Medical Physiology/Gastrointestinal Physiology


Gastrointestinal Physiology looks at the functioning of the Gastro-Intestinal (GI) system. The four basic functions of the GI system are digestion, absorption, motility and secretion. Digestion describes how ingested food is broken down into smaller biochemical components; absorption how the products of digestion are absorbed into the body; motility how food and waste products are moved from mouth to anus; and secretion how digestive juices etc. are controlled and secreted. About 9 liters of fluid pass through the GI system every day, and of these only two are taken by mouth, the rest represents secretions by the system itself.

The whole is under the control of the hormonal and nervous systems, although the GI system has it's own autonomous nervous system, the enteric nervous system.

The digestive system is the body's major interface with the out side world, and as such it is richly supplied with immune cells, indeed by some estimates 80% of the bodies immune cells are in the GI tract.

  1. Anatomy
  2. Principles of GI function
  3. Motility
  4. Secretions
  5. Digestion & Absorption
  6. Clinical Physiology

The Liver & Portal SystemEdit

portal Triad


The Large IntestineEdit

Regulation of GI FunctionsEdit

Autonomic Nervous SystemEdit

Enteric Nervous SystemEdit

GI HormonesEdit


Clinical PhysiologyEdit

Esophageal RefluxEdit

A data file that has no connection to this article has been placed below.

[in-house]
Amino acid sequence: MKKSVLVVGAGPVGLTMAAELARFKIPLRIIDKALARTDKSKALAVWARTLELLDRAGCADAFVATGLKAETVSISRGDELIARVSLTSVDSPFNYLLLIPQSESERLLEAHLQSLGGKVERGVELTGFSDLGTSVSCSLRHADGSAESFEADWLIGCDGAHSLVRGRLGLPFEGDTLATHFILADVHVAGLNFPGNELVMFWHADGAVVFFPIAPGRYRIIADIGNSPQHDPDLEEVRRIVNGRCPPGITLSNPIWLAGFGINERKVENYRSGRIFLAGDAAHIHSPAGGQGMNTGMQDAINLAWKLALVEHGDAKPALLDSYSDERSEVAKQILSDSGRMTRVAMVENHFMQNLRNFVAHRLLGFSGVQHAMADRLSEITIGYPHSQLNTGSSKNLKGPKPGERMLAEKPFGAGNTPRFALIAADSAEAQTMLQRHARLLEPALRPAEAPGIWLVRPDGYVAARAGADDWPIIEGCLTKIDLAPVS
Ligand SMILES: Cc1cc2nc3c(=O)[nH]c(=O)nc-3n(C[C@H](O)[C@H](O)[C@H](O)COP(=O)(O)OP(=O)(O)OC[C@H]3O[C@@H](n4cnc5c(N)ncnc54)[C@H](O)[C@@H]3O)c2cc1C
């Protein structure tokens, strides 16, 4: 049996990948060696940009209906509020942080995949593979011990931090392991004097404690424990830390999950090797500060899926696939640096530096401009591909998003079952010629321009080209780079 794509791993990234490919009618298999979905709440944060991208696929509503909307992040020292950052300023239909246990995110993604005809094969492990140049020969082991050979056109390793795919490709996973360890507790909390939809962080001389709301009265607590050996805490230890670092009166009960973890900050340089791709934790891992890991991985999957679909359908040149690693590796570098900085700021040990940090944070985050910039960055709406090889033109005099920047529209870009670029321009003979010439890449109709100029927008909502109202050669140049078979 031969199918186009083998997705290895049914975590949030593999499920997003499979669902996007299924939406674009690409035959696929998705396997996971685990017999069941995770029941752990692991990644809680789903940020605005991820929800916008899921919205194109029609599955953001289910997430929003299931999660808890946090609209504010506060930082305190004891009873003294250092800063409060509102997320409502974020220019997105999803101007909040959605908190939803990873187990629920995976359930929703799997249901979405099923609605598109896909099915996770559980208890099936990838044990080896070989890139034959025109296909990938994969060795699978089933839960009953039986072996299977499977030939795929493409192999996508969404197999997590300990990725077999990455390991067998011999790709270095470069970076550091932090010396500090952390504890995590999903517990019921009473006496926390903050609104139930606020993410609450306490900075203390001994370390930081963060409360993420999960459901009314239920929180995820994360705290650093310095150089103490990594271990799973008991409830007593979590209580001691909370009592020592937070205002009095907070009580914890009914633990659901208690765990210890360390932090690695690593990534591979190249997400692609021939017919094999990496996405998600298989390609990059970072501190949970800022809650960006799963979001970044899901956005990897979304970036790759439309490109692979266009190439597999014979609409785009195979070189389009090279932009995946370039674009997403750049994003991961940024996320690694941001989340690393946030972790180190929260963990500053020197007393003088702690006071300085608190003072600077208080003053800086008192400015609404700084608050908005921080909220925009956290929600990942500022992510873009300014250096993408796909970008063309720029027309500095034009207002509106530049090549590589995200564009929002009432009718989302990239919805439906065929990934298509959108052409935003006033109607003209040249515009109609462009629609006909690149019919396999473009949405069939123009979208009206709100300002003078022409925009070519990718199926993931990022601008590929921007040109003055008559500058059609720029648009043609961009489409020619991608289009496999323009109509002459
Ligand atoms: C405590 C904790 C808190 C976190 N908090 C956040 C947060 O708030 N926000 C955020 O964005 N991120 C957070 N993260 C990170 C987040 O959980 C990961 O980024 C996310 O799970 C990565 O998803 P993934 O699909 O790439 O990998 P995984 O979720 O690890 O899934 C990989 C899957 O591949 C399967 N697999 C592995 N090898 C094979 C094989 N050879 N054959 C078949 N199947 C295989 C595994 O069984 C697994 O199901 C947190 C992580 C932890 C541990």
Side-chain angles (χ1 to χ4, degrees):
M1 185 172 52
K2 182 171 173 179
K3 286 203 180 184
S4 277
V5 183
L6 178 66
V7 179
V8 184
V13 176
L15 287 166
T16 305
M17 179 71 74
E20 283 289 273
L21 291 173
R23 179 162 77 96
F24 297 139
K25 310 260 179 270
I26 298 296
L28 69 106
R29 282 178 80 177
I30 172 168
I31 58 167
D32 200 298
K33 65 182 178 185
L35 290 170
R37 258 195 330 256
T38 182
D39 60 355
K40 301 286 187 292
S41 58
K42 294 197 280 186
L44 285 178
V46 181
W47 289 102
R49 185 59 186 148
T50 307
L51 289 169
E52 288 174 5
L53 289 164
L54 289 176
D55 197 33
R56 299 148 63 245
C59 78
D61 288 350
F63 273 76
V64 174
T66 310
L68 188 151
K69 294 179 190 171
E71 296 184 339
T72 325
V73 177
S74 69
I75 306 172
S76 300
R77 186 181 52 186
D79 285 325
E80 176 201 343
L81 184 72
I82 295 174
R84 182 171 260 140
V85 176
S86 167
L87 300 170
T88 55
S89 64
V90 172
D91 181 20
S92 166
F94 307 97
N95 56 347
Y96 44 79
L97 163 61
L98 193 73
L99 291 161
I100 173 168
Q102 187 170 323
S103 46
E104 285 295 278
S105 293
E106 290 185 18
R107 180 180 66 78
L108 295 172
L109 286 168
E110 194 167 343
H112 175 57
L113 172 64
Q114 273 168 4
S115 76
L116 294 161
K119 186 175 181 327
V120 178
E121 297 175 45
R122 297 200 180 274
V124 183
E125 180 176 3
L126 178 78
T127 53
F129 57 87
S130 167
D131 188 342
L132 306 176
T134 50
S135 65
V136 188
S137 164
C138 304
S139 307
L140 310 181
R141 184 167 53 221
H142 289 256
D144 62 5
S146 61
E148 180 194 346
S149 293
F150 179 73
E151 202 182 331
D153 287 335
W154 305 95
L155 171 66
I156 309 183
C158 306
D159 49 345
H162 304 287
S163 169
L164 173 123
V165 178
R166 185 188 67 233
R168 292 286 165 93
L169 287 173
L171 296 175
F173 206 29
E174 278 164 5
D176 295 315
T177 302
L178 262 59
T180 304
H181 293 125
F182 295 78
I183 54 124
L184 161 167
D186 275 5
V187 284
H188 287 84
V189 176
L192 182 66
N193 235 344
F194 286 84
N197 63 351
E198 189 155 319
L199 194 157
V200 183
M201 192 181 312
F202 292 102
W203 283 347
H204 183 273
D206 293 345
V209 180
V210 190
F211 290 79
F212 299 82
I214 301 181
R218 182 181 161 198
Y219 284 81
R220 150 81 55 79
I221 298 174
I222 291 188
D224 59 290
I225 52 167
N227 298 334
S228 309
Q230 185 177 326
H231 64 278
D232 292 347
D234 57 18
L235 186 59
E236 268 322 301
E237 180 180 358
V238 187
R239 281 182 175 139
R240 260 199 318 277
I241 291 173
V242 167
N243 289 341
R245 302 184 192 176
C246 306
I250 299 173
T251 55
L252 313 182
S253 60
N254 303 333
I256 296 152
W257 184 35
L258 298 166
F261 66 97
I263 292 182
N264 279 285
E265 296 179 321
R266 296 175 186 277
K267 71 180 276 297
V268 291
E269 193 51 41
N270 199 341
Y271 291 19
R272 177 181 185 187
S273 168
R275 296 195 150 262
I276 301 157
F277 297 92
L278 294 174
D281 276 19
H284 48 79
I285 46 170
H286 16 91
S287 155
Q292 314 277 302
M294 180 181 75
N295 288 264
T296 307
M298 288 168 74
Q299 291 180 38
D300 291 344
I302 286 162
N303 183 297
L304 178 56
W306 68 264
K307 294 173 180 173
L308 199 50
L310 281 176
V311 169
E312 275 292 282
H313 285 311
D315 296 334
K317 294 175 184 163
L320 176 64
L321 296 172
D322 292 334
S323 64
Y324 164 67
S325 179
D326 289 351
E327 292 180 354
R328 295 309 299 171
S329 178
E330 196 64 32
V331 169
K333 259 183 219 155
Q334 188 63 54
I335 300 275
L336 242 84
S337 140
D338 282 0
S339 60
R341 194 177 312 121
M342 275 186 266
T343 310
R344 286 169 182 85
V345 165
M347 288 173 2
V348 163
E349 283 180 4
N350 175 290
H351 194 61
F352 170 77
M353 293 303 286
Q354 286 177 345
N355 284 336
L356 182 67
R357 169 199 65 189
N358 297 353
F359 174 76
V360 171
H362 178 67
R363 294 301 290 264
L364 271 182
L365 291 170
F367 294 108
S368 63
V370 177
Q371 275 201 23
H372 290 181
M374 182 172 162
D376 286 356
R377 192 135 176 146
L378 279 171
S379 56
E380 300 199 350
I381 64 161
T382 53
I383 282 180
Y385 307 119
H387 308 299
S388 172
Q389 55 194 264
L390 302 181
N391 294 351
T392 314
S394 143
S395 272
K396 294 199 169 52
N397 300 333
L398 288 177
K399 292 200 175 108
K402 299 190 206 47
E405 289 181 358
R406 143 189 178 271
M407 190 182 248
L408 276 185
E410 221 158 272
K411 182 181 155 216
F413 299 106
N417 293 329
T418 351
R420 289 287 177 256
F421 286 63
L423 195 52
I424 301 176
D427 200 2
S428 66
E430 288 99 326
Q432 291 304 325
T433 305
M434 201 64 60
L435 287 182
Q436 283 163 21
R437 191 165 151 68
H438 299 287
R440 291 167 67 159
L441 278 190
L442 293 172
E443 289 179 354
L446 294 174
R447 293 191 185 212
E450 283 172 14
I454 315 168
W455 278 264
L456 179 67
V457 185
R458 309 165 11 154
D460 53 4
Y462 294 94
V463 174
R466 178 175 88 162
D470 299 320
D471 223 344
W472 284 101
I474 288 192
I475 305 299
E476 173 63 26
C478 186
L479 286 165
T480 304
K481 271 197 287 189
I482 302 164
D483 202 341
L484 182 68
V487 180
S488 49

Gastroesophageal reflux disease (GERD), Gastro-oesophageal reflux disease (GORD), Gastric reflux disease, or Acid reflux disease is defined as chronic symptoms or mucosal damage produced by the abnormal reflux in the esophagus.[1]

This is commonly due to transient or permanent changes in the barrier between the esophagus and the stomach. This can be due to incompetence of the lower esophageal sphincter, transient lower esophageal sphincter relaxation, impaired expulsion of gastric reflux from the esophagus, or a hiatus hernia. If the reflux reaches the throat, it is called laryngopharyngeal reflux disease.

X-ray of the abdomen and chest in a patient with a gastrostomy. Radiocontrast was injected into the stomach and quickly seen migrating upwards through the entire esophagus. The patient had severe reflux-induced esophagitis.


Pyloric UlcersEdit

Graft v. Host DiseaseEdit

Lactose IntoleranceEdit

High Fructose DietsEdit


cholera bacteria


Coeliac DiseaseEdit

Biopsy of small bowel showing en:coeliac disease manifested by blunting of villi, crypt hyperplasia, and lymphocyte infiltration of crypts, consistent with Marsh classification III.